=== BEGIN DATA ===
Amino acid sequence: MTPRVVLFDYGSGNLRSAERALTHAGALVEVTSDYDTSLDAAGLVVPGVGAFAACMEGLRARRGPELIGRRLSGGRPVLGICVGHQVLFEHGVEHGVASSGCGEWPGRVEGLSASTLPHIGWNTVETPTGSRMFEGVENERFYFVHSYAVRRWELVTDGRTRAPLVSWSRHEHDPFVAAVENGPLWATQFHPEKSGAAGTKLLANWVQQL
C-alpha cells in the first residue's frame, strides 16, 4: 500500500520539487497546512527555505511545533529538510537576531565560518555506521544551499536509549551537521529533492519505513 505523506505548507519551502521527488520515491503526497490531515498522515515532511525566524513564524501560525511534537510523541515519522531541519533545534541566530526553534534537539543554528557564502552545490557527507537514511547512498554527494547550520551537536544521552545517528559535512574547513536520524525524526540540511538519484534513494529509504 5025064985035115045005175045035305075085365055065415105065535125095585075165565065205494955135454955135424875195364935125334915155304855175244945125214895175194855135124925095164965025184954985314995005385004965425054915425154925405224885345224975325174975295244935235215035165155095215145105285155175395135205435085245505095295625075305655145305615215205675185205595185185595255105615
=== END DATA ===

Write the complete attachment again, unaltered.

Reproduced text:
Amino acid sequence: MTPRVVLFDYGSGNLRSAERALTHAGALVEVTSDYDTSLDAAGLVVPGVGAFAACMEGLRARRGPELIGRRLSGGRPVLGICVGHQVLFEHGVEHGVASSGCGEWPGRVEGLSASTLPHIGWNTVETPTGSRMFEGVENERFYFVHSYAVRRWELVTDGRTRAPLVSWSRHEHDPFVAAVENGPLWATQFHPEKSGAAGTKLLANWVQQL
C-alpha cells in the first residue's frame, strides 16, 4: 500500500520539487497546512527555505511545533529538510537576531565560518555506521544551499536509549551537521529533492519505513 505523506505548507519551502521527488520515491503526497490531515498522515515532511525566524513564524501560525511534537510523541515519522531541519533545534541566530526553534534537539543554528557564502552545490557527507537514511547512498554527494547550520551537536544521552545517528559535512574547513536520524525524526540540511538519484534513494529509504 5025064985035115045005175045035305075085365055065415105065535125095585075165565065205494955135454955135424875195364935125334915155304855175244945125214895175194855135124925095164965025184954985314995005385004965425054915425154925405224885345224975325174975295244935235215035165155095215145105285155175395135205435085245505095295625075305655145305615215205675185205595185185595255105615